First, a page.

287370 Regulatory Role of D'D3 Domain in VWF-A1 Mediated Platelet Thrombus Formation: Application towards Understanding Von Willebrand Disease

Tuesday, October 30, 2012: 12:48 PM
Somerset East (Westin )
Sri R. Madabhushi1, Kannayakanahalli Dayananda1, Chengwei Shang1, Jun Qu2 and Sriram Neelamegham1, (1)Chemical and Biological Engineering, State University of New York at Buffalo, Buffalo, NY, (2)Department of Pharmaceutical Sciences, State University of New York at Buffalo, Buffalo, NY

Introduction: von Willebrand factor (VWF) is a multimeric blood glycoprotein that plays a crucial role during blood coagulation by recruiting platelets to vascular injury site [1]. Improper regulation of VWF-platelet interaction results in various cardiovascular disorders like stroke, heart attack and other bleeding disorders called von Willebrand disease. The 3-D structural organization of VWF is believed to regulate the platelet binding function of VWF-A1 domain [2]. However, the precise mechanism by which domain level organization controls VWF function is not known. Here, we tried to address this by applying a “systems approach”.

Materials and Methods: Dimeric VWF (ΔPro-VWF) was constructed by deleting the propeptide section of full-length VWF cDNA. ΔD'D3-VWF was identical to ΔPro-VWF only it lacked the VWF-D'D3 domain. Recombinant GpIbα was synthesized as a fusion protein with human IgG tail. All proteins were purified from mammalian expression systems. ΔPro-VWF was crosslinked using BS3, a reagent that links proximal amines. This was proteolytically cleaved and subjected to high resolution tandem mass spectrometry (LTQ Orbitrap). C++ programs were written to identify cross-linked peptide pairs from the MS data. Experiments that validated the MS studies examined the effect of D'D3 domain deletion on the binding of VWF-A1 to platelet receptor GpIbα in static ELISA studies and flow chamber based shear assays. Additionally, anti-D'D3 mAbs were generated in mice and the effect of these reagents on shear induced platelet aggregation (SIPA) was studied.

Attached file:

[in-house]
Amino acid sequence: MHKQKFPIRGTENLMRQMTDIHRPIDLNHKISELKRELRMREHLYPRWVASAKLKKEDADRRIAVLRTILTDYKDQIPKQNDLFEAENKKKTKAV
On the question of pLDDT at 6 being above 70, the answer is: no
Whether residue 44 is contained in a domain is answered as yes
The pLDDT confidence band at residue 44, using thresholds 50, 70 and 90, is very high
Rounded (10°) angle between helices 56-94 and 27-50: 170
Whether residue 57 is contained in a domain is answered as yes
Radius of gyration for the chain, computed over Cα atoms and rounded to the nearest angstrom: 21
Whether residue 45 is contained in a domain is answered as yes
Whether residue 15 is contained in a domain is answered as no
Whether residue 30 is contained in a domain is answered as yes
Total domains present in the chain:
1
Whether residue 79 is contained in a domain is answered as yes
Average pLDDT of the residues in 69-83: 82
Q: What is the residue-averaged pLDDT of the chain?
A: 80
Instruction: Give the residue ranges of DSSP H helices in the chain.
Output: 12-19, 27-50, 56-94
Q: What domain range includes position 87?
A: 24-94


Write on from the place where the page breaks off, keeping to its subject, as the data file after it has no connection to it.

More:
Results and Discussion: Analysis of the cross-linked VWF tandem mass spectrometry data revealed three cross-linked peptide pairs linking VWF D'D3 and A1 domain. One of these A1 peptides formed a major interaction interface with platelet GpIbα. Based on this, studies were designed to assay the role of D'D3 in regulating VWF-A1 function. To this end, the deletion of the D'D3 domain (i.e. ΔD'D3-VWF) resulted in a dimeric protein that efficiently bound GpIbα even under static conditions and in the absence of ristocetin. ΔPro-VWF, on the other hand, only bound GpIbα when ristocetin was added.  Under low shear conditions (1dyn/cm2) robust platelet translocation was observed on ΔD'D3-VWF, but not ΔPro-VWF, coated surfaces. At higher shear conditions (10-20 dyn/cm2), while platelet accumulation was comparable on the two surfaces, platelet rolling velocity on ΔD'D3-VWF was ~ 50% lower compared to ΔPro-VWF. Finally, one of the anti-D'D3 mAb generated (clone DD3.1) blocked SIPA by ~50% in the absence but not presence of ristocetin.

Model for VWF- GpIbα interaction under shear.  A. D'D3 domain shields VWF-A1 binding to GpIbα. B. Upon shear, D'D3 releases A1. C. This enables VWF-A1 binding to GpIbα.

Conclusions: The data demonstrate that, in the native state, VWF-D'D3 domain sterically inhibits the VWF-A1 domain and this reduces the rate of VWF binding to platelets. Shear stress or agonist (e.g. ristocetin) releases this steric inhibition. This then allows VWF to bind platelet-Gp1bα efficiently. Such regulation of D'D3-A1 interaction may be a critical feature that controls platelet adhesion rates at sites of vascular injury. While von Willebrand disease (VWD) mutations have been identified, the molecular mechanism of mutation manifesting into the disease state is not well understood. Based on these results, it is likely that some of the VWD 2B or 2M mutations affecting VWF-GpIbα interaction affect the domain level regulation of VWF instead of directly affecting A1-GpIbα affinity.

References: [1] Madabhushi, S.R., et al., Blood, 2012, March 27 (Epub ahead of print).

                     [2] Singh, I et al., Biophys J., 2009;96(6):2313-20.

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